For patients who are afraid of getting cavities, topical remineralization treatment provides a perfect way to strengthen teeth against disease and decay. Much like the resin infiltration procedure, topical remineralization treatment infiltrates smaller porous areas of each tooth to even out the color and protect against decay. Rather than having to deal with the look of white spots, you can a topical fluoride foam or gel to gradually fill in the pores of your teeth to create a dazzling white smile. However, these treatments are most effective when used with the right preventative care. That means staying away from too much fluoride consumption or exposure, flossing with care, and learning to brush properly. Topical treatments can be found over the counter, but there are also plenty of prescription products you can ask your dentist about. If you have white spots on your teeth or white spots that are gradually turning brown, you should speak to your dentist about the best way to go about treatment. Since too much fluoride exposure can end up turning your white spots brown over time, you want to use the right mouthwash and toothpaste for the job. This doesn’t mean cutting out fluoride completely: All you need to do is limit your exposure by avoiding the high-content fluoride toothpaste that’s generally sold in stores.


If you don’t want to deal with gel, foam, or mess, you can also purchase special paste to use at home. These corrective toothpastes come packed with CCP-ACP, otherwise known as Casein phosphopeptide-amorphous calcium phosphate, which is a calcium-based product that helps strengthen teeth and renew their appearance. Using CCP-ACP can help increase calcium content in your teeth while also helping to remineralize. These pastes also come with low fluoride content to make sure your teeth don’t develop any new spots during the remineralization process. Over time, you’ll notice your white spots diminishing as your teeth regain a healthy, blemish-free appearance. If you need something stronger, you can always ask your doctor about a higher-content CCP-ACP prescription toothpaste. Certain brands also carry toothpaste aimed at patients look to remineralize their teeth without oversensitizing them.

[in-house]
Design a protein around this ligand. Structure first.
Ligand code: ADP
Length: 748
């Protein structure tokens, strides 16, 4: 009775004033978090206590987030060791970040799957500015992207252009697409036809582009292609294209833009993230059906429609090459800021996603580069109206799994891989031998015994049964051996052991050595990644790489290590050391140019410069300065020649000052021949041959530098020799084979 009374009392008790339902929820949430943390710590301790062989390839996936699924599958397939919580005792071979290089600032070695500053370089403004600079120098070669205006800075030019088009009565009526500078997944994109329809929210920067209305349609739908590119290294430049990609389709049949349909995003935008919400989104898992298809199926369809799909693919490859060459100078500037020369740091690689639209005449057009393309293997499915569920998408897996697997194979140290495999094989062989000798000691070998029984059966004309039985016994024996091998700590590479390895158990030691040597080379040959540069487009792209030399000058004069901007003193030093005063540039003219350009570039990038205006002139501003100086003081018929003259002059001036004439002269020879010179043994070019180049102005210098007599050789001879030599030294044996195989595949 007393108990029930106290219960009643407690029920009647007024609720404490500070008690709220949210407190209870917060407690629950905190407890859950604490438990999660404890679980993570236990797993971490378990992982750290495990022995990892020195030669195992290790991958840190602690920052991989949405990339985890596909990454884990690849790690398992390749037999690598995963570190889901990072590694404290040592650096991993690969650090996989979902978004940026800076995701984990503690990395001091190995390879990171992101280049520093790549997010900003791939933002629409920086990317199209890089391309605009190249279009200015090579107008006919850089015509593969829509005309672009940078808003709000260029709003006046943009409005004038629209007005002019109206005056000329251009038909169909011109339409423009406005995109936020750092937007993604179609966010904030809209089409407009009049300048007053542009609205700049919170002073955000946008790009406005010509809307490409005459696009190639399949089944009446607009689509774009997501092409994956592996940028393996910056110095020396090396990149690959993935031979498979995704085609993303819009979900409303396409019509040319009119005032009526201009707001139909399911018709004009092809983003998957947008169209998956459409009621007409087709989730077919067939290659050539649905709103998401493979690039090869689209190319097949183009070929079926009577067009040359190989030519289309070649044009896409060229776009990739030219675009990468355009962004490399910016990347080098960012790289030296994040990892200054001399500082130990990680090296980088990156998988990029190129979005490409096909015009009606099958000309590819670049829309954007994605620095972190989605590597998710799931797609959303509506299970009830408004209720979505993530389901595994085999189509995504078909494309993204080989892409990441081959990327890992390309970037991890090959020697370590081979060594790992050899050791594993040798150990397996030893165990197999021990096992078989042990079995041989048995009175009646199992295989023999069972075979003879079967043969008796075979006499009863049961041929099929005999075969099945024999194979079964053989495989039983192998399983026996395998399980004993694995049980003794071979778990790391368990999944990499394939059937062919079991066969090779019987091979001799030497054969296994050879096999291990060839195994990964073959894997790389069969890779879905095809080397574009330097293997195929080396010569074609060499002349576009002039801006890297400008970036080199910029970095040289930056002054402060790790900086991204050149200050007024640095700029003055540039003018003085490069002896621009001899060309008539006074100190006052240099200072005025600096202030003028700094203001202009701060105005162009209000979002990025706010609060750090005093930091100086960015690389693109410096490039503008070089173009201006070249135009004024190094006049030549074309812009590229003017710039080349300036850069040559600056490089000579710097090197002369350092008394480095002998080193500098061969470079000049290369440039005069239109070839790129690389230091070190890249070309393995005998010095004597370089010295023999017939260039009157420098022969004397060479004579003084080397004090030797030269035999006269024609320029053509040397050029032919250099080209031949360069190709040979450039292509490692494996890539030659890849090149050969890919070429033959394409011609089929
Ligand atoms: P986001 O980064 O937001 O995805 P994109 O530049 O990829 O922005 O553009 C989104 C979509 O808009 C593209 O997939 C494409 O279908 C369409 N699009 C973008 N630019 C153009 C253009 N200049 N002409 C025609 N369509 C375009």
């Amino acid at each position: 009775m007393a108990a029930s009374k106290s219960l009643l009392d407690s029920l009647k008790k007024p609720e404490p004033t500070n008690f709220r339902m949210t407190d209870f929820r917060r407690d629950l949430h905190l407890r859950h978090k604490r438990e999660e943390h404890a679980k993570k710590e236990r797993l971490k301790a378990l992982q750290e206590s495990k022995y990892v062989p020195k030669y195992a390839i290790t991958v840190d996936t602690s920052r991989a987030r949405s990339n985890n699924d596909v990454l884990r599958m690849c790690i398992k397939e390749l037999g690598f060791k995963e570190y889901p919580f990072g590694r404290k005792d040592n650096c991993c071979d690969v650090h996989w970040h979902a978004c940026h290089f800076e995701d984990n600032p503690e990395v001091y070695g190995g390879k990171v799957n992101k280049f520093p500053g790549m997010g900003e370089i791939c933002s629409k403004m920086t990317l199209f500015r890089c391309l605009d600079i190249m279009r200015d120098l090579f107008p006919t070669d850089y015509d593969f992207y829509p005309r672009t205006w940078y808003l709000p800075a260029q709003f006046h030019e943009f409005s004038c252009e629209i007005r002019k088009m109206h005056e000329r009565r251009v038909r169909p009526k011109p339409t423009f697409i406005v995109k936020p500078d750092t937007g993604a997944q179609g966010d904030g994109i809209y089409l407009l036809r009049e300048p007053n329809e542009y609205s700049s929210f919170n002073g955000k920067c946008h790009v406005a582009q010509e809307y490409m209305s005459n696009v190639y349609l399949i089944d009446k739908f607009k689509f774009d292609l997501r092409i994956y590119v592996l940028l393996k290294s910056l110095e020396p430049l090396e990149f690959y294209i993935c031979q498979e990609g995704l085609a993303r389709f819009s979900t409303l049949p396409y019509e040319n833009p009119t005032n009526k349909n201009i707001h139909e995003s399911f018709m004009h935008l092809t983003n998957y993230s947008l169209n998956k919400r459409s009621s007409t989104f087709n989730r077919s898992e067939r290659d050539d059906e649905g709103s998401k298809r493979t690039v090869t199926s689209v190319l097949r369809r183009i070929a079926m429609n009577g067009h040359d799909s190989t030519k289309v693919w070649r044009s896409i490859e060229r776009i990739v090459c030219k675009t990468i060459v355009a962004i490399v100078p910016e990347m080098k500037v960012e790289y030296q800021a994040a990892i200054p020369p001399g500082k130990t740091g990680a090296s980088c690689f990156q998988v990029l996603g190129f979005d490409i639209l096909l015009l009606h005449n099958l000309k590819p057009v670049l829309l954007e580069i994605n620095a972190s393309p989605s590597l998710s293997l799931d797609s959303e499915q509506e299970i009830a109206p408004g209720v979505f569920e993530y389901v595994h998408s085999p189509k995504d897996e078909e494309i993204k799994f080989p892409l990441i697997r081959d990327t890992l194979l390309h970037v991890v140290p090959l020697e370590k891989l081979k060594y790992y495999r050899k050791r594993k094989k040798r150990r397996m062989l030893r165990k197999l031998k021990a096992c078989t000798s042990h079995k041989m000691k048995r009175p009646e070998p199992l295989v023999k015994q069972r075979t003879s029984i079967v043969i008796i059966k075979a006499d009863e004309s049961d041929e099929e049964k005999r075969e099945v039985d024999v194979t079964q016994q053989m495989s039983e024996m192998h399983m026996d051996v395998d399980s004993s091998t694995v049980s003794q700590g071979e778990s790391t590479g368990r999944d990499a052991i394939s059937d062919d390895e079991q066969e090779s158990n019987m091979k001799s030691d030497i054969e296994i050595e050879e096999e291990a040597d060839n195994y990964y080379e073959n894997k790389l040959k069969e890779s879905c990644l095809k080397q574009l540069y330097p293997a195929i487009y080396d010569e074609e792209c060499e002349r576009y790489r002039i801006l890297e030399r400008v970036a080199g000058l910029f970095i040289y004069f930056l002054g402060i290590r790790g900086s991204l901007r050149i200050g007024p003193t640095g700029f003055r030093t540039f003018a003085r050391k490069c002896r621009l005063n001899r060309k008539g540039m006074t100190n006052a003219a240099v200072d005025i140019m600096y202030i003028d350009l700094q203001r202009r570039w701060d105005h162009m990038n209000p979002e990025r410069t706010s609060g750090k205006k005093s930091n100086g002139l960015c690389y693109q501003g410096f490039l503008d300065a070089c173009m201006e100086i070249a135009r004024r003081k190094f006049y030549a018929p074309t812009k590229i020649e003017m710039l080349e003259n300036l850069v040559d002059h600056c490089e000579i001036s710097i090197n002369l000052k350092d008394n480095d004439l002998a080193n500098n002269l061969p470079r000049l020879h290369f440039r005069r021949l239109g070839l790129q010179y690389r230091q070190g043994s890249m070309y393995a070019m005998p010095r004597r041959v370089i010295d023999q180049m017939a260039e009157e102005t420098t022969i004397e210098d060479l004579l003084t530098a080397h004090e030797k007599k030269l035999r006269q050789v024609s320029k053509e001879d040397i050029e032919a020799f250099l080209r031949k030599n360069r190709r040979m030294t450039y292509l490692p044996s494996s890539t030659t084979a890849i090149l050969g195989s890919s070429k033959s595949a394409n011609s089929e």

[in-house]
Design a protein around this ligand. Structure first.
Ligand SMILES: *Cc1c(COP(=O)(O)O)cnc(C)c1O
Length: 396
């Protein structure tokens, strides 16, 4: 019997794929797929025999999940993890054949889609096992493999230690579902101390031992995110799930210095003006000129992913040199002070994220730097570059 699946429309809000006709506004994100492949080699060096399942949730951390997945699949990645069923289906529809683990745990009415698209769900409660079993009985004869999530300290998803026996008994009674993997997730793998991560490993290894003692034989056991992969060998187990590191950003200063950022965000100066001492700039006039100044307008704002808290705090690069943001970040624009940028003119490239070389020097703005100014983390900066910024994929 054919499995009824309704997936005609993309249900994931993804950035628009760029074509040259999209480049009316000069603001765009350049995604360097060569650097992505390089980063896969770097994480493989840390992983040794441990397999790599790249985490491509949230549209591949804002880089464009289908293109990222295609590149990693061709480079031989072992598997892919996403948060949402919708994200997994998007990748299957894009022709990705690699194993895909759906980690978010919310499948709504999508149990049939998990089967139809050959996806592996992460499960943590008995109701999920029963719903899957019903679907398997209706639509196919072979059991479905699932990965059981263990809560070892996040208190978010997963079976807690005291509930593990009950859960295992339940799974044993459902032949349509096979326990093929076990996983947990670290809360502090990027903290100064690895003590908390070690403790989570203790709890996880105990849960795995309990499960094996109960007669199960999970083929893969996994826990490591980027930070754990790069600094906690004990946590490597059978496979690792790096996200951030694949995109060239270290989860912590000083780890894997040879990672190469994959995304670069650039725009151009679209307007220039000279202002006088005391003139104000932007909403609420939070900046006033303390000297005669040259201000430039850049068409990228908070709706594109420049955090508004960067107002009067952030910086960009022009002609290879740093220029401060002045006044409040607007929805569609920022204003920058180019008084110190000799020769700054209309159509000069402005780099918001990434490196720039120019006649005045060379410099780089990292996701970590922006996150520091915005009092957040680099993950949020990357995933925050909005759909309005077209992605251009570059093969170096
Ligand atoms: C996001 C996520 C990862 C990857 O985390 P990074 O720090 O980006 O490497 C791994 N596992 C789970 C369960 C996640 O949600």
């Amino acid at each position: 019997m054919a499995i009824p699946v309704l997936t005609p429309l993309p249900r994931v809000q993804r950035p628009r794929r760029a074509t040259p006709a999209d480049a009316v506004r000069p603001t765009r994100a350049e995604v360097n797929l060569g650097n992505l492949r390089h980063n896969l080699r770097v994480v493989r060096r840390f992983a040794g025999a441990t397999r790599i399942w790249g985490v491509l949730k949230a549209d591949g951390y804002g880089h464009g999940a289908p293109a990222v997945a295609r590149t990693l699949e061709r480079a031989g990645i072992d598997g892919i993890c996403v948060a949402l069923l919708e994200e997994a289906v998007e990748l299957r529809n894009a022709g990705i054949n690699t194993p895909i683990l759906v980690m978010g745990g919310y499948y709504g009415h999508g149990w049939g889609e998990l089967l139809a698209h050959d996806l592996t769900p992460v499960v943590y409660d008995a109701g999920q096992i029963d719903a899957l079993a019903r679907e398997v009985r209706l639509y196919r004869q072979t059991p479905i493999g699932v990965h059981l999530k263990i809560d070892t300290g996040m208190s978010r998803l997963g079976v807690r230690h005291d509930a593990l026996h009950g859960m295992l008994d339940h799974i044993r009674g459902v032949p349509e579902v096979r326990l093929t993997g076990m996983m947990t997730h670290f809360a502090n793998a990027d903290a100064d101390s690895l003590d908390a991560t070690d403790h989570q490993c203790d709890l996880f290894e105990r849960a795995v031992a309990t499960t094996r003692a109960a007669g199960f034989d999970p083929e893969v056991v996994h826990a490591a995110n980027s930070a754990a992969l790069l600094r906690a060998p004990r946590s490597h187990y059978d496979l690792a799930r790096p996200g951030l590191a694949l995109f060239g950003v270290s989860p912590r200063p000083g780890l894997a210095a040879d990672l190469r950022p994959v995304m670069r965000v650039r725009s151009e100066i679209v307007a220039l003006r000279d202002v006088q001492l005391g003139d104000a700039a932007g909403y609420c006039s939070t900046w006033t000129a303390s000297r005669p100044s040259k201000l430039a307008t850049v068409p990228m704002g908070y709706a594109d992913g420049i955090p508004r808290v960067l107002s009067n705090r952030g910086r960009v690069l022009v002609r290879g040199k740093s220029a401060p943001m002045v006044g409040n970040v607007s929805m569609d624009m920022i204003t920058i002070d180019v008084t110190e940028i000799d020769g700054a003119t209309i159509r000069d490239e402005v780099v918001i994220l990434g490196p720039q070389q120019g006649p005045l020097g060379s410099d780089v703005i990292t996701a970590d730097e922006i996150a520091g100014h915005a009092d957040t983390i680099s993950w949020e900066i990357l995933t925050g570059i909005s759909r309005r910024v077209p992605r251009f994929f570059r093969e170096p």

As with many tooth-related issues, the problems of decay and discoloration can easily be prevented through a combination of diet, brushing, flossing, and awareness. For kids with braces, learning the correct maintenance can be a huge help in terms of preventing white spots and discoloration. Even though it can be difficult to thoroughly floss with braces, there are stringless options that make it easier to get into hard-to-reach areas and clear out plaque. Orthodontists can also predict whether or not a patient is at high risk for hypomineralization and may be able to offer helpful tips for prevention. In general, being conscientious about flossing after meals and brushing twice a day can go a long way toward preventing white spots. Staying away from sugary foods is also a huge help. If you’re someone who drinks a lot of soda and snacks on a lot of foods with high sugar content, you could be flooding your mouth with plaque-causing particles daily. If you want to learn about better preventative oral health, speak to your family dentist at your next cleaning.